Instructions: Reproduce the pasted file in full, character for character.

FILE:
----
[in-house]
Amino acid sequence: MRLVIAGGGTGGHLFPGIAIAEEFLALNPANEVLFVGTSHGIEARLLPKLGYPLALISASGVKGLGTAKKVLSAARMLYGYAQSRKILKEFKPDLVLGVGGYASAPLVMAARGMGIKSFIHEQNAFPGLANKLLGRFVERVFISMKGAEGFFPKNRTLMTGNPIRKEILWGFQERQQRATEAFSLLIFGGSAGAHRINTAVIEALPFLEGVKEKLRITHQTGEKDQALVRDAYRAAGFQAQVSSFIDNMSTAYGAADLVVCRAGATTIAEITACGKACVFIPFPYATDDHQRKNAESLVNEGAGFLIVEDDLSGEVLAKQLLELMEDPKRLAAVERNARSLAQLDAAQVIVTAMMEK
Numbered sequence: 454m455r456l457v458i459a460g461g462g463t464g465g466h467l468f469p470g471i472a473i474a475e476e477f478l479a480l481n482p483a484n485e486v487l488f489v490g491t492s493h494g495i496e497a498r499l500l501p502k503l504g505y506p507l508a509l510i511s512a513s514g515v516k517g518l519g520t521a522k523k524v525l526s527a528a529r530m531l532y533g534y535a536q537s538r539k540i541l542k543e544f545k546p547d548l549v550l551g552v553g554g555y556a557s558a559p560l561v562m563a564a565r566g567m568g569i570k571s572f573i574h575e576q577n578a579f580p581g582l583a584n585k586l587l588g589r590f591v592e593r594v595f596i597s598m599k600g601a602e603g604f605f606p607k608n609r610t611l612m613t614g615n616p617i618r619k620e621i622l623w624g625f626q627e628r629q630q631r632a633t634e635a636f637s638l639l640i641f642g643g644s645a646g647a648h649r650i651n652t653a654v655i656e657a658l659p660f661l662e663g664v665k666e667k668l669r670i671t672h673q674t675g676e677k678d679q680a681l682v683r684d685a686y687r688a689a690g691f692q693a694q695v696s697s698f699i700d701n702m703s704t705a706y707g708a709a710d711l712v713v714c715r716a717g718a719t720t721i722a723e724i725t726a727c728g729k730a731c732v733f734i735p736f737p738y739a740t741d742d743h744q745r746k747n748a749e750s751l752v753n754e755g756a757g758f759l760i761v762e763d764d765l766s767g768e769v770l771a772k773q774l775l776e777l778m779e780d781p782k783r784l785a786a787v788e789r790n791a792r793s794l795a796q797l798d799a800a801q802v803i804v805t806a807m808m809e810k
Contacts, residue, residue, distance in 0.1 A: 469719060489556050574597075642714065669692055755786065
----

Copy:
[in-house]
Amino acid sequence: MRLVIAGGGTGGHLFPGIAIAEEFLALNPANEVLFVGTSHGIEARLLPKLGYPLALISASGVKGLGTAKKVLSAARMLYGYAQSRKILKEFKPDLVLGVGGYASAPLVMAARGMGIKSFIHEQNAFPGLANKLLGRFVERVFISMKGAEGFFPKNRTLMTGNPIRKEILWGFQERQQRATEAFSLLIFGGSAGAHRINTAVIEALPFLEGVKEKLRITHQTGEKDQALVRDAYRAAGFQAQVSSFIDNMSTAYGAADLVVCRAGATTIAEITACGKACVFIPFPYATDDHQRKNAESLVNEGAGFLIVEDDLSGEVLAKQLLELMEDPKRLAAVERNARSLAQLDAAQVIVTAMMEK
Numbered sequence: 454m455r456l457v458i459a460g461g462g463t464g465g466h467l468f469p470g471i472a473i474a475e476e477f478l479a480l481n482p483a484n485e486v487l488f489v490g491t492s493h494g495i496e497a498r499l500l501p502k503l504g505y506p507l508a509l510i511s512a513s514g515v516k517g518l519g520t521a522k523k524v525l526s527a528a529r530m531l532y533g534y535a536q537s538r539k540i541l542k543e544f545k546p547d548l549v550l551g552v553g554g555y556a557s558a559p560l561v562m563a564a565r566g567m568g569i570k571s572f573i574h575e576q577n578a579f580p581g582l583a584n585k586l587l588g589r590f591v592e593r594v595f596i597s598m599k600g601a602e603g604f605f606p607k608n609r610t611l612m613t614g615n616p617i618r619k620e621i622l623w624g625f626q627e628r629q630q631r632a633t634e635a636f637s638l639l640i641f642g643g644s645a646g647a648h649r650i651n652t653a654v655i656e657a658l659p660f661l662e663g664v665k666e667k668l669r670i671t672h673q674t675g676e677k678d679q680a681l682v683r684d685a686y687r688a689a690g691f692q693a694q695v696s697s698f699i700d701n702m703s704t705a706y707g708a709a710d711l712v713v714c715r716a717g718a719t720t721i722a723e724i725t726a727c728g729k730a731c732v733f734i735p736f737p738y739a740t741d742d743h744q745r746k747n748a749e750s751l752v753n754e755g756a757g758f759l760i761v762e763d764d765l766s767g768e769v770l771a772k773q774l775l776e777l778m779e780d781p782k783r784l785a786a787v788e789r790n791a792r793s794l795a796q797l798d799a800a801q802v803i804v805t806a807m808m809e810k
Contacts, residue, residue, distance in 0.1 A: 469719060489556050574597075642714065669692055755786065